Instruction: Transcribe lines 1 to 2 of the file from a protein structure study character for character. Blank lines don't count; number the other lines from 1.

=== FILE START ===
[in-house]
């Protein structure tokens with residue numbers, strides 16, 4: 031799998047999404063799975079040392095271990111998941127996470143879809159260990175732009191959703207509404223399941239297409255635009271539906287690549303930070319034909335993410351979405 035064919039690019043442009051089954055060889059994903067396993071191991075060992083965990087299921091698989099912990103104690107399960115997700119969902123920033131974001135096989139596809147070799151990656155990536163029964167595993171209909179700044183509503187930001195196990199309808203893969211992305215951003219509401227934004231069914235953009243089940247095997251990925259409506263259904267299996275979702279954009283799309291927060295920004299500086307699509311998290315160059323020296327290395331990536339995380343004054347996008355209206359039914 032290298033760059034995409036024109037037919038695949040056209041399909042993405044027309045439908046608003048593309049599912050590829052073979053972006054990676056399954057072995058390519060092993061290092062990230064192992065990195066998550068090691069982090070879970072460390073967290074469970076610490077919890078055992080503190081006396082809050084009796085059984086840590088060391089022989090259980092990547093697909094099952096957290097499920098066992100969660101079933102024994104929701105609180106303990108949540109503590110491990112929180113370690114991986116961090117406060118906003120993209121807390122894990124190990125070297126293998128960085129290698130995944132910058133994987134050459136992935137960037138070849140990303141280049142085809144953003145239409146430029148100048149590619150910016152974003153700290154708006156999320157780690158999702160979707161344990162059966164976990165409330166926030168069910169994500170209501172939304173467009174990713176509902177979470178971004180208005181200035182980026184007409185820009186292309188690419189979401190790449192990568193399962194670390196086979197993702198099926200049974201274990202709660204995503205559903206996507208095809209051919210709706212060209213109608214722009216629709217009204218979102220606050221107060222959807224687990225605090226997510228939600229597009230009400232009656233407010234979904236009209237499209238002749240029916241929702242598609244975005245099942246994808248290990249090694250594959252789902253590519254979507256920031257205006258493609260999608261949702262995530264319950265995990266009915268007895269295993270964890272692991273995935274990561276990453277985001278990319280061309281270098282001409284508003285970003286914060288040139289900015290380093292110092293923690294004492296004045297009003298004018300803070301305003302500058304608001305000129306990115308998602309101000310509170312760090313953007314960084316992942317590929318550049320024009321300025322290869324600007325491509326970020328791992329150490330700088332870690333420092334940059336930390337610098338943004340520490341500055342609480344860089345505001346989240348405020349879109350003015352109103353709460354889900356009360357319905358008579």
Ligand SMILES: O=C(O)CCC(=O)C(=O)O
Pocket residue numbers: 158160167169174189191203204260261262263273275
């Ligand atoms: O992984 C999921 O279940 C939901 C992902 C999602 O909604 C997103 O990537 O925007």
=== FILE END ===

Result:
[in-house]
């Protein structure tokens with residue numbers, strides 16, 4: 031799998047999404063799975079040392095271990111998941127996470143879809159260990175732009191959703207509404223399941239297409255635009271539906287690549303930070319034909335993410351979405 035064919039690019043442009051089954055060889059994903067396993071191991075060992083965990087299921091698989099912990103104690107399960115997700119969902123920033131974001135096989139596809147070799151990656155990536163029964167595993171209909179700044183509503187930001195196990199309808203893969211992305215951003219509401227934004231069914235953009243089940247095997251990925259409506263259904267299996275979702279954009283799309291927060295920004299500086307699509311998290315160059323020296327290395331990536339995380343004054347996008355209206359039914 032290298033760059034995409036024109037037919038695949040056209041399909042993405044027309045439908046608003048593309049599912050590829052073979053972006054990676056399954057072995058390519060092993061290092062990230064192992065990195066998550068090691069982090070879970072460390073967290074469970076610490077919890078055992080503190081006396082809050084009796085059984086840590088060391089022989090259980092990547093697909094099952096957290097499920098066992100969660101079933102024994104929701105609180106303990108949540109503590110491990112929180113370690114991986116961090117406060118906003120993209121807390122894990124190990125070297126293998128960085129290698130995944132910058133994987134050459136992935137960037138070849140990303141280049142085809144953003145239409146430029148100048149590619150910016152974003153700290154708006156999320157780690158999702160979707161344990162059966164976990165409330166926030168069910169994500170209501172939304173467009174990713176509902177979470178971004180208005181200035182980026184007409185820009186292309188690419189979401190790449192990568193399962194670390196086979197993702198099926200049974201274990202709660204995503205559903206996507208095809209051919210709706212060209213109608214722009216629709217009204218979102220606050221107060222959807224687990225605090226997510228939600229597009230009400232009656233407010234979904236009209237499209238002749240029916241929702242598609244975005245099942246994808248290990249090694250594959252789902253590519254979507256920031257205006258493609260999608261949702262995530264319950265995990266009915268007895269295993270964890272692991273995935274990561276990453277985001278990319280061309281270098282001409284508003285970003286914060288040139289900015290380093292110092293923690294004492296004045297009003298004018300803070301305003302500058304608001305000129306990115308998602309101000310509170312760090313953007314960084316992942317590929318550049320024009321300025322290869324600007325491509326970020328791992329150490330700088332870690333420092334940059336930390337610098338943004340520490341500055342609480344860089345505001346989240348405020349879109350003015352109103353709460354889900356009360357319905358008579």